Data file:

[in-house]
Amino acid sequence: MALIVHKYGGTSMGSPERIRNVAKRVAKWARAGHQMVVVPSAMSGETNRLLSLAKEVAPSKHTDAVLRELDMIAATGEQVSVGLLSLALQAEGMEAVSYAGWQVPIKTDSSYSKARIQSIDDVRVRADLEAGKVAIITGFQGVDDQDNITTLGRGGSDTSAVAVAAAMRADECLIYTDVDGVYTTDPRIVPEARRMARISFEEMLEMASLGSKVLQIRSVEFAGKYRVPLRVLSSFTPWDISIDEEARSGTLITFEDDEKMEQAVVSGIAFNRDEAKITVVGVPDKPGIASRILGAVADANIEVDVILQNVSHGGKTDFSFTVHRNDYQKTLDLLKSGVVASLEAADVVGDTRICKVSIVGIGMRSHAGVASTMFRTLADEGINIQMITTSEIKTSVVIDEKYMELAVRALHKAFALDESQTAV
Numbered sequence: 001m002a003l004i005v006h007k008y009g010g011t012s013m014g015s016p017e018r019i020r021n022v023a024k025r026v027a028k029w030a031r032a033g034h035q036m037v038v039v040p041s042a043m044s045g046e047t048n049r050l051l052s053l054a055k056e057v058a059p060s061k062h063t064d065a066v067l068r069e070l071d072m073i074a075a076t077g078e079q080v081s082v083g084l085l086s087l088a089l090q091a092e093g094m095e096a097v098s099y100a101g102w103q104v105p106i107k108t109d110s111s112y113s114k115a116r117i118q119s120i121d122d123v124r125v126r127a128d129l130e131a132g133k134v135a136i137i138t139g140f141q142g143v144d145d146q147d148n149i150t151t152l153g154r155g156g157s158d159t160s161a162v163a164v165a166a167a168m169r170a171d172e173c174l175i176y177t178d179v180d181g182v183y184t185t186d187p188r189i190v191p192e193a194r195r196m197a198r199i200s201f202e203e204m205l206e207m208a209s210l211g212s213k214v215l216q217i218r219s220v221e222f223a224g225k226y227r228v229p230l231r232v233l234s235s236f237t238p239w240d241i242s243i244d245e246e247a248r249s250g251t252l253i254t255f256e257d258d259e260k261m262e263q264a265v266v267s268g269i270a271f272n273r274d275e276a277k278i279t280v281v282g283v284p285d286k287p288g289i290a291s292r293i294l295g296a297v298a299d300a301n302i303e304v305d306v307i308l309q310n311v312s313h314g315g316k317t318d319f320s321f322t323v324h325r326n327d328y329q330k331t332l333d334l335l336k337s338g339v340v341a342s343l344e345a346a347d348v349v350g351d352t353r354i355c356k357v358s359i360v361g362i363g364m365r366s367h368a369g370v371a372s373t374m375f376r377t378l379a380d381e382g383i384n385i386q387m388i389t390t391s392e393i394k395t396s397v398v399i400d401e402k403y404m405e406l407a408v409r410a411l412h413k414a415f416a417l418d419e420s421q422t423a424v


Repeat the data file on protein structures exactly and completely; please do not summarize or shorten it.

[in-house]
Amino acid sequence: MALIVHKYGGTSMGSPERIRNVAKRVAKWARAGHQMVVVPSAMSGETNRLLSLAKEVAPSKHTDAVLRELDMIAATGEQVSVGLLSLALQAEGMEAVSYAGWQVPIKTDSSYSKARIQSIDDVRVRADLEAGKVAIITGFQGVDDQDNITTLGRGGSDTSAVAVAAAMRADECLIYTDVDGVYTTDPRIVPEARRMARISFEEMLEMASLGSKVLQIRSVEFAGKYRVPLRVLSSFTPWDISIDEEARSGTLITFEDDEKMEQAVVSGIAFNRDEAKITVVGVPDKPGIASRILGAVADANIEVDVILQNVSHGGKTDFSFTVHRNDYQKTLDLLKSGVVASLEAADVVGDTRICKVSIVGIGMRSHAGVASTMFRTLADEGINIQMITTSEIKTSVVIDEKYMELAVRALHKAFALDESQTAV
Numbered sequence: 001m002a003l004i005v006h007k008y009g010g011t012s013m014g015s016p017e018r019i020r021n022v023a024k025r026v027a028k029w030a031r032a033g034h035q036m037v038v039v040p041s042a043m044s045g046e047t048n049r050l051l052s053l054a055k056e057v058a059p060s061k062h063t064d065a066v067l068r069e070l071d072m073i074a075a076t077g078e079q080v081s082v083g084l085l086s087l088a089l090q091a092e093g094m095e096a097v098s099y100a101g102w103q104v105p106i107k108t109d110s111s112y113s114k115a116r117i118q119s120i121d122d123v124r125v126r127a128d129l130e131a132g133k134v135a136i137i138t139g140f141q142g143v144d145d146q147d148n149i150t151t152l153g154r155g156g157s158d159t160s161a162v163a164v165a166a167a168m169r170a171d172e173c174l175i176y177t178d179v180d181g182v183y184t185t186d187p188r189i190v191p192e193a194r195r196m197a198r199i200s201f202e203e204m205l206e207m208a209s210l211g212s213k214v215l216q217i218r219s220v221e222f223a224g225k226y227r228v229p230l231r232v233l234s235s236f237t238p239w240d241i242s243i244d245e246e247a248r249s250g251t252l253i254t255f256e257d258d259e260k261m262e263q264a265v266v267s268g269i270a271f272n273r274d275e276a277k278i279t280v281v282g283v284p285d286k287p288g289i290a291s292r293i294l295g296a297v298a299d300a301n302i303e304v305d306v307i308l309q310n311v312s313h314g315g316k317t318d319f320s321f322t323v324h325r326n327d328y329q330k331t332l333d334l335l336k337s338g339v340v341a342s343l344e345a346a347d348v349v350g351d352t353r354i355c356k357v358s359i360v361g362i363g364m365r366s367h368a369g370v371a372s373t374m375f376r377t378l379a380d381e382g383i384n385i386q387m388i389t390t391s392e393i394k395t396s397v398v399i400d401e402k403y404m405e406l407a408v409r410a411l412h413k414a415f416a417l418d419e420s421q422t423a424v